A LITTLE TOO BROKEN
Genre: M/M contemporary gay romance
When Jamie walks through the door of the Humane Society, it’s not just an animal who needs rescuing that day. Tom is there to adopt another service dog into the Canine Comrade Corps, but it’s Jamie his heart goes out to. But each man turns away, walks away, from the potential pain, the rejection, the knowledge that it’ll all end in tears…
Jamie knows damn well that the HIV he contracted from an unfaithful lover has put him out of the dating game forever in the small town of Santa Vera. Tom lost his legs in Afghanistan, and got new ones, yeah, but with a side order of PTSD to go, he thought grimly. The real problem is that only now does he realize he’s gay, now that the revelation would be just one too many things to put his family through, after everything else they’ve had to deal with.
So both men grin and bear the loneliness, put their feelings on a shelf, even as Jamie’s volunteer stint at CCC turns into friendship and, despite their resolve, something more…
A Little Too Broken chronicles the journeys of two men stutter-starting on the path of social and emotional isolation. Tom is a veteran who lost his legs in Afghanistan. He suffers from PTSD, a condition he combats by giving back to similar sufferers through involvement with the Canine Comrade Corps. Jamie is HIV positive, contracted via poor life choices that involved unsafe sex, drugs and an inability to recognize abusive behavior until it was almost too late.
When they meet, there is interest that cannot be sustained because each man only sees rejection and heartbreak, casting themselves as victims that borders on a self-fulfilling prophecy.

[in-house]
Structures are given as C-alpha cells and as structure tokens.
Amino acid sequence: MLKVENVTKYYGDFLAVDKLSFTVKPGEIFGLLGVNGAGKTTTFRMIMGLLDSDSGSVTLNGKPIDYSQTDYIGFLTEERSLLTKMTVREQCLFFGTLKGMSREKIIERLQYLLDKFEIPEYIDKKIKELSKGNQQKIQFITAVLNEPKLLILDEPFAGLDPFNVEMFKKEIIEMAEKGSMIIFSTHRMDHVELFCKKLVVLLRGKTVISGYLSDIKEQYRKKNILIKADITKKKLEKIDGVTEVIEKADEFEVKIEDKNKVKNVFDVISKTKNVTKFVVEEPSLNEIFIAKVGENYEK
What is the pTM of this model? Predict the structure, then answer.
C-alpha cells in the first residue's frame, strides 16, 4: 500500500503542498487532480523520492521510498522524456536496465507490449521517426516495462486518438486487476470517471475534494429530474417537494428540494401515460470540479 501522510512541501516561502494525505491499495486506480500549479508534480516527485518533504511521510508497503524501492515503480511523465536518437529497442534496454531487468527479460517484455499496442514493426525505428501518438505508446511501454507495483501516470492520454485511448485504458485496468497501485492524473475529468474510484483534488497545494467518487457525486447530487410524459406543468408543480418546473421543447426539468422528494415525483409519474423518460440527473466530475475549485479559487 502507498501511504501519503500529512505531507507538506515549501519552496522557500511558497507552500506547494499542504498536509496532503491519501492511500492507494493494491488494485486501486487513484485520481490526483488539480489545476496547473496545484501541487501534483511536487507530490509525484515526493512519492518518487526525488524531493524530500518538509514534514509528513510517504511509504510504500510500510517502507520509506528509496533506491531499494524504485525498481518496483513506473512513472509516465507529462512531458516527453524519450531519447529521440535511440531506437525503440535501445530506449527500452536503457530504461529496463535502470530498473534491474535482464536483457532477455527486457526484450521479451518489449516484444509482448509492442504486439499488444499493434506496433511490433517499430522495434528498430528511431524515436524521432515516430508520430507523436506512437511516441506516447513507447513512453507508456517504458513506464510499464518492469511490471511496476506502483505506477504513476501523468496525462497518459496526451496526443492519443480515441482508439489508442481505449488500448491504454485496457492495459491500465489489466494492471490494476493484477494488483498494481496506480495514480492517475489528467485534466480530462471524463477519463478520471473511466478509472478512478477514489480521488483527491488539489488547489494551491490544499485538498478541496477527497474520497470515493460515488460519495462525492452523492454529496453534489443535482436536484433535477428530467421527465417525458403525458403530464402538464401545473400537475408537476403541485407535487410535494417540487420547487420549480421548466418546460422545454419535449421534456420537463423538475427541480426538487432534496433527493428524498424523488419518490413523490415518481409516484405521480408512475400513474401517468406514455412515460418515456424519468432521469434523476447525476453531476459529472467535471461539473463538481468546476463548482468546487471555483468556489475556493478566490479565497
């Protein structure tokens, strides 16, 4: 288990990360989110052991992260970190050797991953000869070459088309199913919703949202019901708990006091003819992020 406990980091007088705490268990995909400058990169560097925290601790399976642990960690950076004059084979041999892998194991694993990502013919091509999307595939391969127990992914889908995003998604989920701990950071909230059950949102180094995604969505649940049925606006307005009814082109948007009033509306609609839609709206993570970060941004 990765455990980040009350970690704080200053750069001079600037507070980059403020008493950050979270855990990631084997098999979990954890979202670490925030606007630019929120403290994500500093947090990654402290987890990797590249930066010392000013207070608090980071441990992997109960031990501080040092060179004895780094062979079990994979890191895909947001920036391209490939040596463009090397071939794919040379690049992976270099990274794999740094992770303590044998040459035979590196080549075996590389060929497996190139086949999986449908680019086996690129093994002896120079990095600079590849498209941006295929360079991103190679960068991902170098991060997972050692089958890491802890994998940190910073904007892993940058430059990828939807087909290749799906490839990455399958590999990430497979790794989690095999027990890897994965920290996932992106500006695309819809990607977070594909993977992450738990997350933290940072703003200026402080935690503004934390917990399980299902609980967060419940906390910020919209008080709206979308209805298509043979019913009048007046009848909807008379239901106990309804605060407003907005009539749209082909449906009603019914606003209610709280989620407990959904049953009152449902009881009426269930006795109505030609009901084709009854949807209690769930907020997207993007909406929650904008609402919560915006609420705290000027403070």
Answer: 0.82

The story is told in two parts: each man’s misfortunes, their history, their journey into hell and back, the help they receive along the way, the recovery and the consequences of not committing fully to it.
There is a lot of interesting detail about the CCC, the good it does, how the dogs are chosen, what to look for. Similar detail is presented about being HIV positive, including both social and medical consequences. Unfortunately, this level of detail does little to forward the plot or character development. Rather than helping to integrate our understanding and engage our sympathies, this acts as an info dump pulling us out of the story. We lose focus on who these men are in favor of a political/social statement about how society has failed its most vulnerable. I’m not suggesting this isn’t the case, for clearly it is, but in terms of story-as-romance it does not fulfill that mandate.
There are also problems with shifting point of view, sometimes swapping out within paragraphs. It made the writing choppy, and discerning who was saying/thinking what, when, became frustrating for this reader.
When Jamie and Tom finally do take those tentative first steps, the novel becomes what it should have been all along: a sigh-worthy romance where you cheer them on, want to slap them upside the head at times for being dolts, where you marvel at the level of understanding each has for the other’s disability—turning that mindset into “able”, not “disable.”
The scenes of affection are realistic and include glimpses into the emotional state of each man.
Despite the lack of integration of individual storylines, despite the shifting POV and extended info dumps, despite a slightly unrealistic (too pat, too neat) denouement vis a vis Tom’s family’s acceptance when he comes out to them… Despite all that, I enjoyed the book. When I finished, I wished there’d been more of Jamie and Tom as a couple, working toward that future that looks a lot brighter with them together instead of apart.
A Little Too Broken has enough “aw” moments to satisfy a romance junkie. The characters are sympathetic, especially Tom. It will leave you feeling optimistic, wanting more. This could have been a wonderful book but it fails in execution. This is where a good editor could have made all the difference.
For that reason it’s a 3.5* read, rounding to 4* because I’m still harboring that “aw” feeling of satisfaction.